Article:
The upcoming Steadfast Defender NATO war drills, set for early 2024, are expected to be the biggest military exercises in Europe since the end of the Cold War, the Financial Times is reporting Monday.
At a moment the war in Ukraine grows more and more unpredictable, given neither Russia nor the West have shown any signs of backing down, the FT writes that "Nato is preparing its biggest live joint command exercise since the cold war next year, assembling more than 40,000 troops to practice how the alliance would attempt to repel Russian aggression against one of its members."
Like with the ongoing, smaller 'Northern Coasts' war games currently being executed by NATO in Baltic waters, the Steadfast Defender 24 drills will simulate how the military alliance would respond in the face of a hypothetical Russian invasion.
NATO officials were quoted in FT as saying the planned exercises are seen as a key part of "demonstrating to Moscow that the alliance is prepared to fight."
Steadfast Defender is slated to run in February and March, and is likely to be seen as a provocation by Moscow given it will take place in various locales across Germany, Poland, and the Baltic states - the latter which border Russia. According to more from the FT report detailing the upcoming giant war game:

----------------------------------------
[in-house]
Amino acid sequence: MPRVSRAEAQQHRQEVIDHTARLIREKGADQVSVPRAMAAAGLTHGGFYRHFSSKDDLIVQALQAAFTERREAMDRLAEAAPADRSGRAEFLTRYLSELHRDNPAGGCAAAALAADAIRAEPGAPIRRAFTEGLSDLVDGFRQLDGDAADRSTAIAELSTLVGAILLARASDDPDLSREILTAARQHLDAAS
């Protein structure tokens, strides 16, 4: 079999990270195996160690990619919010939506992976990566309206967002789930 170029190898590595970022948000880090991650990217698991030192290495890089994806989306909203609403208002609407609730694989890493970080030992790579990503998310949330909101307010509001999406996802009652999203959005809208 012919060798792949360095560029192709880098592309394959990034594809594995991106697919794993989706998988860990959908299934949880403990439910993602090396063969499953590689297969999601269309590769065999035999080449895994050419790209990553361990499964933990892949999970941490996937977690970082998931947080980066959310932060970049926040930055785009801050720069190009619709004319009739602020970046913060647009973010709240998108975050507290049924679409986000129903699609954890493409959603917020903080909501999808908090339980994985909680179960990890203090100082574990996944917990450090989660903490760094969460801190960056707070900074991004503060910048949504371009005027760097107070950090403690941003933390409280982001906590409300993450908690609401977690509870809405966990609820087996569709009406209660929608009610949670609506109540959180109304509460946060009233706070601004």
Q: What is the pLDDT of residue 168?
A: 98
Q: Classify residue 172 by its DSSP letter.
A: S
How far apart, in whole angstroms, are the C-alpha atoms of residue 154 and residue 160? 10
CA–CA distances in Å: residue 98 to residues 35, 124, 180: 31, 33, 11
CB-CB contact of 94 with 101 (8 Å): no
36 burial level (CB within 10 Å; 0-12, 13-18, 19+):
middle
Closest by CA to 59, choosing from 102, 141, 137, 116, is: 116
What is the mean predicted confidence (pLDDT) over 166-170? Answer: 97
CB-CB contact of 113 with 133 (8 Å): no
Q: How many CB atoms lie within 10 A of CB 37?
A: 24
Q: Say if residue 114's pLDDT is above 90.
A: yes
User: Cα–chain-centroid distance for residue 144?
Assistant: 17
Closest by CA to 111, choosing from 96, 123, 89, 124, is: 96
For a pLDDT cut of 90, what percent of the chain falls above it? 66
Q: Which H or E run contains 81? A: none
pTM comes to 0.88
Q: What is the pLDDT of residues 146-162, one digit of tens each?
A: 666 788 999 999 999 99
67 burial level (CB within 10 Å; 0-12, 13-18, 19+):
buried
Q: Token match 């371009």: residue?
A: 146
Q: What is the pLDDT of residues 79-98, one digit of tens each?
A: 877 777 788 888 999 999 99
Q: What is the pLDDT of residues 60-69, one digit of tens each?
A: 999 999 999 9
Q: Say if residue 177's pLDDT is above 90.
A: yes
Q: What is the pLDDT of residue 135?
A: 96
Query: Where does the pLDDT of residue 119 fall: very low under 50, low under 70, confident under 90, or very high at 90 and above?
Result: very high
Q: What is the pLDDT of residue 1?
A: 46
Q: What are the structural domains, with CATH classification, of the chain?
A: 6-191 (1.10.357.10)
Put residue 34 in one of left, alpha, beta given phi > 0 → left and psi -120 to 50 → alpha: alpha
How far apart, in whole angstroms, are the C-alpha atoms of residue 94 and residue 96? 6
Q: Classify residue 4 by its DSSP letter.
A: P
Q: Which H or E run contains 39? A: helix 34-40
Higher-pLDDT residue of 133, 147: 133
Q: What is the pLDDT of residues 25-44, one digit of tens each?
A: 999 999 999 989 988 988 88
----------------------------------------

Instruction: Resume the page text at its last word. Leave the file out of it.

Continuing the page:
"It will start in spring next year and is expected to involve between 500 and 700 air combat missions, more than 50 ships, and about 41,000 troops, Nato officials said."
"It is designed to model potential maneuvers against an enemy modelled on a coalition led by Russia, named Occasus for the purposes of the drill."
Crucially, the Baltic Sea coastline - where NATO has increasingly flexed its military might with more and more exercises - is very important to Russia as its strategic Kaliningrad exclave sits on it, sandwiched between two NATO members, Poland and Lithuania. Last year's Defender drills had been the largest up to that point, and they continue to get expanded year-by-year.
A July Politico report explained that "NATO has steadily increased its control of the Baltic Sea — a crucial maritime gateway for the Russian fleet which has bases near St. Petersburg and in the heavily militarized Kaliningrad exclave."
The publication also noted that "During the Cold War, only Denmark and Germany at the far western edge of the Baltic were in the alliance. Poland joining NATO in 1999 and the three Baltic republics in 2004 put most of the sea’s southern shore under alliance control."
Russia has meanwhile at times "answered" these games by staging large drills in the Black Sea. But dangerously at this moment the western Black Sea region is in a state of war, given Russian warships are launching missiles against Ukraine from there.